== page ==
The good news is that the vehicles evaluated in the 32nd annual J.D. Power and Associates Vehicle Dependability Study (VDS) were the most dependable, on average, of any class of cars yet.
The VDS scores cars by the average number of problems experienced per 100 vehicles. A score of 100 problems per 100 cars means that each owner probably experienced one problem with their car over the first three years of ownership. This year’s class averaged 121 problems per 100 vehicles, marking a 10 percent reduction in problems compared to last year.
That reduction of 13 problems from the 134 problems reported last year marked a big jump, following years that saw an improvement of just two problems per 100 (2020) and six PP100 (2019).
“The study results validate what we have known for some time,” said Dave Sargent, vice president of global automotive at J.D. Power. “Automakers are making increasingly dependable vehicles—but there are still some problem areas that need to be addressed and some warning signs on the horizon.”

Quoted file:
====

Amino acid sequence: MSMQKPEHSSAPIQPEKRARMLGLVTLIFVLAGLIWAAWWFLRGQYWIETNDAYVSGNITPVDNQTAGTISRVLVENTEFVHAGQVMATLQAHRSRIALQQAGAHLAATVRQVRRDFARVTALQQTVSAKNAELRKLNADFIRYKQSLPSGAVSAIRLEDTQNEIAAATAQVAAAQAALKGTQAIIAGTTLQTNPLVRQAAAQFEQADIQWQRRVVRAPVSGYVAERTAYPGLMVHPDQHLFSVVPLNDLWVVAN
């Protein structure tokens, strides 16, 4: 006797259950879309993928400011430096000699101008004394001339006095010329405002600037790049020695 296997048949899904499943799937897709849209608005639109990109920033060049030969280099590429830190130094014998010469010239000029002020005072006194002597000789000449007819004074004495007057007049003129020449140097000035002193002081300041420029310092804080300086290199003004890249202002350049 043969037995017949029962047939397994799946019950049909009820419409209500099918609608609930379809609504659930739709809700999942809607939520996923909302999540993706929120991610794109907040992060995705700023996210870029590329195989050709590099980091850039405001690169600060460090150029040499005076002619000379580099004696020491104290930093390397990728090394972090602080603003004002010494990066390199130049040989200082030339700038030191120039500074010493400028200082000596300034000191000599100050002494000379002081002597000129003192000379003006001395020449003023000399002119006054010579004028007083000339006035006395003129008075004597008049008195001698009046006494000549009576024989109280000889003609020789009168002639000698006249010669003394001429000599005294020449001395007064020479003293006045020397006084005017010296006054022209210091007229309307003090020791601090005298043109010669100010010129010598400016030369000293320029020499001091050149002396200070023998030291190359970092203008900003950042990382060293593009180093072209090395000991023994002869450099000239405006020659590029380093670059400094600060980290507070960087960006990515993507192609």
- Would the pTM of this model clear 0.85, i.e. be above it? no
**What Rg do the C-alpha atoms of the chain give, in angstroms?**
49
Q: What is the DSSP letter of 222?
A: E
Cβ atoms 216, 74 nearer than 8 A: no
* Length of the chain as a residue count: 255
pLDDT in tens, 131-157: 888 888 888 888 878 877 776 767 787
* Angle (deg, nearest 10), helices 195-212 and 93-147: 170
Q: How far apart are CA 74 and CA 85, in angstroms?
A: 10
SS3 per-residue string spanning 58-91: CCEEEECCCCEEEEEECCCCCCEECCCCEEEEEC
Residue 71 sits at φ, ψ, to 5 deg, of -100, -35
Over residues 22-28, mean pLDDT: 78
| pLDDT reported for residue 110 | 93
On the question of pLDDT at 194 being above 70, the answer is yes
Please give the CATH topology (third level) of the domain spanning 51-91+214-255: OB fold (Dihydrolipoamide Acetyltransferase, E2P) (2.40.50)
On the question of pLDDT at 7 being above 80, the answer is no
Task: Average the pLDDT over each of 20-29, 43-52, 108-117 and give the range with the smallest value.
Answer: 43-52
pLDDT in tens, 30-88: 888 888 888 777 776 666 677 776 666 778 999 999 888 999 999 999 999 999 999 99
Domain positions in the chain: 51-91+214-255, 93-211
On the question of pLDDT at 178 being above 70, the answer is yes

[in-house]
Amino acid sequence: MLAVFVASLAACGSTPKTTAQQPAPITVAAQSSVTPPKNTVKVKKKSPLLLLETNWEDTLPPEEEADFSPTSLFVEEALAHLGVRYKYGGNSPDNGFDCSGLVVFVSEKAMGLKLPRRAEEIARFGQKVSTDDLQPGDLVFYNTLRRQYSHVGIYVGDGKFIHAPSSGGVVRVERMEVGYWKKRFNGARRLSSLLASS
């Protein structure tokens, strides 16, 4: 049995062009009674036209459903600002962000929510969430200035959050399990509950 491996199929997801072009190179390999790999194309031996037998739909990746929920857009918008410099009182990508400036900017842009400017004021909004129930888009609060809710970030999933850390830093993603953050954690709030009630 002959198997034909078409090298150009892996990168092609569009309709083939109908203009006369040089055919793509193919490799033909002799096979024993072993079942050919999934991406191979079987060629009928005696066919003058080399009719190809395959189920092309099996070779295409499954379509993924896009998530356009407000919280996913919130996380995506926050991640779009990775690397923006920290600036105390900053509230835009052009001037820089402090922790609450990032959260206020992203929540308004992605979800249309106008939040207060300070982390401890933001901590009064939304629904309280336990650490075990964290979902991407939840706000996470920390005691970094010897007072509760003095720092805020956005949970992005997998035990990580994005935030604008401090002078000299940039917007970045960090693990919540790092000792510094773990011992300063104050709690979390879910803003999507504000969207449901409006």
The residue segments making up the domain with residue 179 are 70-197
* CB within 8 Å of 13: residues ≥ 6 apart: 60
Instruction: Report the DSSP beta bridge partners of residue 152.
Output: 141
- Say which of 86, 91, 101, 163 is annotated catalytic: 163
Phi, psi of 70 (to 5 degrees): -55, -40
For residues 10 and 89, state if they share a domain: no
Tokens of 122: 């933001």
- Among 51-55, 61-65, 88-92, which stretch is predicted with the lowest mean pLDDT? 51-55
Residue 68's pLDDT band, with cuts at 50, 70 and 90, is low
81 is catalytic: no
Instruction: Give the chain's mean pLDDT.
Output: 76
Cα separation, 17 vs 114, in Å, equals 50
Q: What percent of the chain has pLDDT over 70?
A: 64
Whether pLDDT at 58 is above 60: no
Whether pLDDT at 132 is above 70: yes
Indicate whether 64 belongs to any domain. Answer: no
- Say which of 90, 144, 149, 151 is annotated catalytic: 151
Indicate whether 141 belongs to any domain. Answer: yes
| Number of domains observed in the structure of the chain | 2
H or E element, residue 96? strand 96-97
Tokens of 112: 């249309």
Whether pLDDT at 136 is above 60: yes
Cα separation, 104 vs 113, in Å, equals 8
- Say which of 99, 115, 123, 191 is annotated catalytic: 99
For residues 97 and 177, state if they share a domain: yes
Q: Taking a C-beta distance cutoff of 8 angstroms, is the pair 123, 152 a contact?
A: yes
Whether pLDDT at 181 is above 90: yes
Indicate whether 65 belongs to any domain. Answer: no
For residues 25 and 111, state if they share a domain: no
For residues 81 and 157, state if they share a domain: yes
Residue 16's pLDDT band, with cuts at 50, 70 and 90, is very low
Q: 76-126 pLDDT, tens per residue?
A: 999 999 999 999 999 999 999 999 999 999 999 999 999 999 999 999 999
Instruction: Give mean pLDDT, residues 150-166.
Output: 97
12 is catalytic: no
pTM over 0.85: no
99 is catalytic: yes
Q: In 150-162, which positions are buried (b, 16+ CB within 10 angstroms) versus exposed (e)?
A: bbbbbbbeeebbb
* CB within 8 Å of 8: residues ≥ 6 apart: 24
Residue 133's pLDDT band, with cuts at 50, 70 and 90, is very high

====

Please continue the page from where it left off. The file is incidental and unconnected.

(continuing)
Those looming problems relate to the increasing proliferation of technology in new cars, whose infotainment systems are increasingly challenging to use, and whose hundreds of millions of lines of software code possess myriad opportunities for bugs.
“Today’s three-year-old vehicles are of higher quality and more dependable than in previous years,” Sargent continued. “Most owners aren’t experiencing their vehicles breaking down or falling apart but, for many, vehicle technology continues to function poorly or inconsistently. If an owner can’t rely on a system to work as they expect, it is also considered a lack of dependability. It affects their overall view of the vehicle and their likelihood of staying loyal to their automaker. In the future, dependability will partially be determined by the ability to solve problems through vehicle updates and the avoidance of technology obsolescence.”
Fiat is absent from the ratings because there were not enough vehicles surveyed to meet J.D. Power's minimum requirements.